One of the most popular posts I've run here concerned the raids on Gibson's guitar factory in Nashville, by armed SWAT agents of the Fish and Wildlife Service. From almost a year ago:
I noticed on the news today that the offices and factories of Gibson Guitars in Nashville and Memphis Tennessee were both raided yesterday (8/24) by armed federal agents, forcing a shutdown of operations, and sending employees home. Since I remembered hearing about Gibson being raided in 2009, this caught my attention.I've been trying to keep my eyes and ears open on this, to see what eventually happened. Yesterday, Gibson agreed to settle out of court, paying $350,000 to the DOJ, and further relinquishes claims to about $261,000 worth of wood seized by the government.
“Gibson has acknowledged that it failed to act on information that the Madagascar ebony it was purchasing may have violated laws intended to limit overharvesting and conserve valuable wood species from Madagascar, a country which has been severely impacted by deforestation,” Ignacia Moreno, head of the department’s environment and natural resources division, said in the statement.Simple case, right? Gibson f'ed up and got caught. Not so fast. Gibson CEO Henry Juszkiewicz put it this way:
“We felt compelled to settle as the costs of proving our case at trial would have cost millions of dollars and taken a very long time to resolve,” he said in statement released via the company’s @gibsonguitar Twitter account late Monday.You may remember that after last years' raid, it was pointed out that other manufacturers use the same woods as Gibson but are left alone. The theory was raised that perhaps Gibson was singled out for being non-union and not a donor to democratic candidates, unlike Martin and other guitar makers. Are union thugs at the root of this?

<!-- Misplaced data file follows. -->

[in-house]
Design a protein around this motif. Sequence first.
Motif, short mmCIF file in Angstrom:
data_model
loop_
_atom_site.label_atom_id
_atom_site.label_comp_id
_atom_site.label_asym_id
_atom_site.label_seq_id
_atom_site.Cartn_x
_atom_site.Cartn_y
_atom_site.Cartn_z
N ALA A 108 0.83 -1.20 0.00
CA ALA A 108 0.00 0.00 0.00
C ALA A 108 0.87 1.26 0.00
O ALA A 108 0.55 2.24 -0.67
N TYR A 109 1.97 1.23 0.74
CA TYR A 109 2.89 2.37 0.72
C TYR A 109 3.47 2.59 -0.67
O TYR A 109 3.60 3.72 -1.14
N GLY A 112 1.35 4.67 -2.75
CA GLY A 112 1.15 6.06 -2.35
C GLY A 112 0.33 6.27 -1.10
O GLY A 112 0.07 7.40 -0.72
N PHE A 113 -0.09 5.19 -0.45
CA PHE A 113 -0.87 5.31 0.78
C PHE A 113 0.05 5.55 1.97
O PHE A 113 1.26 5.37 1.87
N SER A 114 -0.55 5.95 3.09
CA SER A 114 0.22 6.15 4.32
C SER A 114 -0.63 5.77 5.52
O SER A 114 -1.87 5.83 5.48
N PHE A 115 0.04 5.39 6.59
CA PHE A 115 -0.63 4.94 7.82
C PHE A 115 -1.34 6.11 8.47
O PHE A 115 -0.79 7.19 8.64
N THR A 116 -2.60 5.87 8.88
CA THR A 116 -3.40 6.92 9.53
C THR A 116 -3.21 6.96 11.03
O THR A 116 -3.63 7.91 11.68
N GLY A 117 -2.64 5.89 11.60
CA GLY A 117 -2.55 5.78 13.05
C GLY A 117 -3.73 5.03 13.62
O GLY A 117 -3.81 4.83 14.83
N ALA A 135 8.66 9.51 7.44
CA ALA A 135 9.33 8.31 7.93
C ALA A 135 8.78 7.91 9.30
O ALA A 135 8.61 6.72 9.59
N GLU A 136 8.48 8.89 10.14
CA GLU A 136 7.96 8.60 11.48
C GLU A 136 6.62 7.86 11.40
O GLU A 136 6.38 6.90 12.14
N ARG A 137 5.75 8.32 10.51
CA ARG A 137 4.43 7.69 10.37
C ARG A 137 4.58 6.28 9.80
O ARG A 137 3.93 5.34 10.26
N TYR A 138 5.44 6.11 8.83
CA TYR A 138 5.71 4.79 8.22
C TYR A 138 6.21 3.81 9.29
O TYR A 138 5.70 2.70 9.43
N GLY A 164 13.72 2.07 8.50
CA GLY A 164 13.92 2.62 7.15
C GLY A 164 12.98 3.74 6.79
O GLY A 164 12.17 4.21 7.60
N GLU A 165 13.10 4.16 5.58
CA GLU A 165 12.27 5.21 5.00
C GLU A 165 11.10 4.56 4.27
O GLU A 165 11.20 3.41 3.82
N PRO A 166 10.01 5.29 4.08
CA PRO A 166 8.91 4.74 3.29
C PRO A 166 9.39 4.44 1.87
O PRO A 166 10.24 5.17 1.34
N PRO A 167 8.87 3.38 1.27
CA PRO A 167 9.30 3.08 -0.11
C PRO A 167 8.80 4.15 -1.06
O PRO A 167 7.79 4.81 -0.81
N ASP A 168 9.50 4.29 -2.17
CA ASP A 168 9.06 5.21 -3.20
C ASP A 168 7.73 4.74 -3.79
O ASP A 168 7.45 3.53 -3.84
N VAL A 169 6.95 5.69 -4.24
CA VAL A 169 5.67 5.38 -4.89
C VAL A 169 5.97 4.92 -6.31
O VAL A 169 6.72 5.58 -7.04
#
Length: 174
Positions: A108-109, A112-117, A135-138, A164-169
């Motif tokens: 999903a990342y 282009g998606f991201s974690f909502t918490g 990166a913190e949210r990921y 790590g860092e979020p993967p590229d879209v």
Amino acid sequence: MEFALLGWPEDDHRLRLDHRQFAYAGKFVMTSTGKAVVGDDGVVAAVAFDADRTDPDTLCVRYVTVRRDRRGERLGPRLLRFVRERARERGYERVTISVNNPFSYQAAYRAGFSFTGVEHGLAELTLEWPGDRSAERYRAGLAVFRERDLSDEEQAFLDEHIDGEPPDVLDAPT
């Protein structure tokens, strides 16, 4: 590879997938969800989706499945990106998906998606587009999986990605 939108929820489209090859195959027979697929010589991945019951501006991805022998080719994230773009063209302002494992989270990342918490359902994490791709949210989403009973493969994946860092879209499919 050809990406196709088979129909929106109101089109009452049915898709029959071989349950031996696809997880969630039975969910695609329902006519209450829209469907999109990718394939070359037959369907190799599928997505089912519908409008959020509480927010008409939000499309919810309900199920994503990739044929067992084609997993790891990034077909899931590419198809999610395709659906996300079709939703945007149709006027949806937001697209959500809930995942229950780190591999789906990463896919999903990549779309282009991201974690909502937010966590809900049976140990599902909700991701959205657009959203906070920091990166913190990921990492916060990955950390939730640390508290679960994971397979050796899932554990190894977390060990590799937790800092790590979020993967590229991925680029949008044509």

“We feel that Gibson was inappropriately targeted, and a matter that could have been addressed with a simple contact (by) a caring human being representing the government,” the statement said. “Instead, the Government used violent and hostile means with the full force of the U.S. Government and several armed law enforcement agencies costing the taxpayers millions of dollars and putting a job-creating U.S. manufacture (sic) at risk and at an unfair disadvantage.”
I think everyone has that stereotype image of a stoic entrepreneur fighting a long battle in court and eventually having their honor restored. A more realistic scenario is that you look at the costs of battling the unlimited resources of the federal prosecutors vs. cutting your losses and settling. Settling becomes the practical way to keep your business and not spend your life in court proceedings. Any resemblance to extortion is purely coincidental.
In another loose end, it seems that emails indicate that Treasury Secretary Tim Geithner was the prime driver behind ending retirement benefits for 20,000 non-unionized workers at Delphi. Delphi used to be called Delco and was a subsidiary of Peoples Automotive Collective Number One, back when they were GM. For the last 13 years, Delphi has been an independent company.
The move, made in 2009 while the Obama administration implemented its auto bailout plan, appears to have been made solely because those retirees were not members of labor unions.So union members get protected while everyone else gets their pensions cut off. "You should join the union. We wouldn't want nothing bad should happen to you."